December 02, 1998
Solicitation No. 980-114-98
Protest of cancellation of solicitation for box delivery highway mail transportation contract is denied. Contracting officer acted within his discretion in determining that low offer with rate per mile 47% higher than average of comparable routes was excessive in price.
Ms. Janice Reilly protests her failure to receive a contract for the box delivery of mail and the contracting officer’s decision to resolicit the requirement.
The Seattle Branch, Western Distribution Networks, issued solicitation 980-114-98 on May 13, 1998, requesting proposals for HCR 98667, box delivery service out of the White Salmon, WA, post office in south-western Washington, about 40 miles east of Portland, OR, for a term from August 15, 1998, to June 30, 2000. The service involved delivery to 295 boxes over a 42.7 mile route, a total of 12,941 estimated annual miles and an estimated 1,869 annual schedule hours.
The solicitation required a station wagon with 90 cubic feet of load space, and, in winter, 4-wheel drive. Under the "Box Delivery Contractor Pilot Program," the vehicle was required to be white in color and not more than five years old at the start of the contract term and to be replaced at the contractor’s expense when it becomes more than eight years old during the contract term. The solicitation included a Department of Labor Service Contract Act wage determination dated June 1, 1997, establishing the wages for hired drivers, contractor employees who must be compensated at wages set by the Secretary of Labor. (An individual contractor performing the driving himself or herself need not receive Service Contract Act wages.)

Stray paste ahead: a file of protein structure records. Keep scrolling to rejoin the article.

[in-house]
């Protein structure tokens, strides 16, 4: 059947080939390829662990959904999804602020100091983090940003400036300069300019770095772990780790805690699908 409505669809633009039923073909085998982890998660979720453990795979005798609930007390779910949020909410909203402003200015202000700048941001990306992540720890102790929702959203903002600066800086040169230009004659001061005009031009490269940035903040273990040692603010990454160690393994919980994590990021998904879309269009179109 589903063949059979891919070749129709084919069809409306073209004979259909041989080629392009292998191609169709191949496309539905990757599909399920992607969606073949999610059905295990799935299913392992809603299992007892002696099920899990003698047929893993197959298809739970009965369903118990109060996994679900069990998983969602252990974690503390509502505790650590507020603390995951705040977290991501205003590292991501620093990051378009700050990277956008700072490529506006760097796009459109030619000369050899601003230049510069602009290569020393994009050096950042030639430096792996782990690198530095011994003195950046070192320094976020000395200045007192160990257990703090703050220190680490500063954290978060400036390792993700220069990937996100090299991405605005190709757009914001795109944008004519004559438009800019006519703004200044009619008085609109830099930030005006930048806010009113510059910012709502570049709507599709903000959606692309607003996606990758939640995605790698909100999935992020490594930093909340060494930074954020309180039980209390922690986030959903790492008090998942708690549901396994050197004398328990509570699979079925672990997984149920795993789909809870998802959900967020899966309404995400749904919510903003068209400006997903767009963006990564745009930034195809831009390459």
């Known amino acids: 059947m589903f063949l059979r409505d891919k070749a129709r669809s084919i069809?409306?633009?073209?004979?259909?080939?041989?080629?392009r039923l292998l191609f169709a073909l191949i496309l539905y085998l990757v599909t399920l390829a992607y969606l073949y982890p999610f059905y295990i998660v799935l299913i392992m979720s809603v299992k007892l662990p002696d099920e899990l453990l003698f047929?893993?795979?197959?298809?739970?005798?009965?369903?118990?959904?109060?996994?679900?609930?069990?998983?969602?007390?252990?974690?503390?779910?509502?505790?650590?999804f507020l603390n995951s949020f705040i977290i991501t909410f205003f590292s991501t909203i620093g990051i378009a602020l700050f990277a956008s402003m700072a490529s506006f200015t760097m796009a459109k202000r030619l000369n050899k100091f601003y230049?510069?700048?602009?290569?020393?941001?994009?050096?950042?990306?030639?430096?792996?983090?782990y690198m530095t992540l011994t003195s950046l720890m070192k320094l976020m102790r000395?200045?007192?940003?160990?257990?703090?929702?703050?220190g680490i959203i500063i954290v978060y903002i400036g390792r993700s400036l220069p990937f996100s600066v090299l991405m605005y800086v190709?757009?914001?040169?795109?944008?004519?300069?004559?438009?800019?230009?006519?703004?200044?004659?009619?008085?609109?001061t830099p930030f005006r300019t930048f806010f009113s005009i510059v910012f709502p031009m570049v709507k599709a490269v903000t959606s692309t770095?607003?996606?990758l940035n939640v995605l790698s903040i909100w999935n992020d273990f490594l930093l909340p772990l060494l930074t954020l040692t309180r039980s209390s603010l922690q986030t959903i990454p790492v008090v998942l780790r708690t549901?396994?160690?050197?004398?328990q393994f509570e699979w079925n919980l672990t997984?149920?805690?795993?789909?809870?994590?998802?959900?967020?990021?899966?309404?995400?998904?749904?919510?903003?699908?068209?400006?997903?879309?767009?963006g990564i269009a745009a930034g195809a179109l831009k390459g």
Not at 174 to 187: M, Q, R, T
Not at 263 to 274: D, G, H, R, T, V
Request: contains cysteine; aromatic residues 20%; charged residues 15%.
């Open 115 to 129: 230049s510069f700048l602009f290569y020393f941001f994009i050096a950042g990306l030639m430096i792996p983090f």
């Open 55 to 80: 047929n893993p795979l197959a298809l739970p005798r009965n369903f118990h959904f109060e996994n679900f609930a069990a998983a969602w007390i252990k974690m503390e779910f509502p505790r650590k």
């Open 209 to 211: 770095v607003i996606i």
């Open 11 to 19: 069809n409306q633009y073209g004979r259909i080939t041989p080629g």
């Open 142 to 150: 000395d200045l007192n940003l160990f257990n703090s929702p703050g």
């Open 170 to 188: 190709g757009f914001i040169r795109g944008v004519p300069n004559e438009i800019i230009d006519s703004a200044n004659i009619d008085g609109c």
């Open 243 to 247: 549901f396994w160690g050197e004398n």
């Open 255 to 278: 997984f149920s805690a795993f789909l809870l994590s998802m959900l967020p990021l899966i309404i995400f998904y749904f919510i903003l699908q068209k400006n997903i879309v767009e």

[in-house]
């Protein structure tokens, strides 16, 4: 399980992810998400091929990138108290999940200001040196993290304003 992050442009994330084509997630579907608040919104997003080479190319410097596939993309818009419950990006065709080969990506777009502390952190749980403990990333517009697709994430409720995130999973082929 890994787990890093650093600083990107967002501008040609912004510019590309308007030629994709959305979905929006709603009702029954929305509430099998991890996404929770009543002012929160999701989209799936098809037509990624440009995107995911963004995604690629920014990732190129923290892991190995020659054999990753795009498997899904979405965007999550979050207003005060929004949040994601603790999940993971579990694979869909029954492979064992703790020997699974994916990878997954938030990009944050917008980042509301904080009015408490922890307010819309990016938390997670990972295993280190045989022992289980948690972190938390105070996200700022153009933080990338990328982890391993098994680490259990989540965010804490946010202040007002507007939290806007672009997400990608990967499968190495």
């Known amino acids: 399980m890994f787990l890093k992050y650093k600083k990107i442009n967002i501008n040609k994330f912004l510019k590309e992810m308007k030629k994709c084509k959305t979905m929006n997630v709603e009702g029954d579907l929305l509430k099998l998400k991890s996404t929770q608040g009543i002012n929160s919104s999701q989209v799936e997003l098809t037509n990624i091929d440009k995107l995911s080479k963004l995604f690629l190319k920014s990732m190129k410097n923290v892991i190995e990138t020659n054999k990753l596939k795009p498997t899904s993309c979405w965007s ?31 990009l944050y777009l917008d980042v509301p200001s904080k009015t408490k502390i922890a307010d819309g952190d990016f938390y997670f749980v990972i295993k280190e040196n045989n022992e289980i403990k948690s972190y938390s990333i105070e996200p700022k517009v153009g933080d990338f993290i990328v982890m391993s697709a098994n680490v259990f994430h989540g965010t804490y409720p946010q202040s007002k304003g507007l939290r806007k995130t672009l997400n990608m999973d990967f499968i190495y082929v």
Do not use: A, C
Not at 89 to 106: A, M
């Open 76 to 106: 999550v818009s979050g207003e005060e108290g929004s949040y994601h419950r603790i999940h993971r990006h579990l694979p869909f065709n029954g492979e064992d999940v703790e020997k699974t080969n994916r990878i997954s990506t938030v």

Proposals were due June 29. Three proposals were received, of which that of Ms. Reilly was the lowest. Ms. Reilly’s proposal appears to have met the solicitation’s service requirements completely.1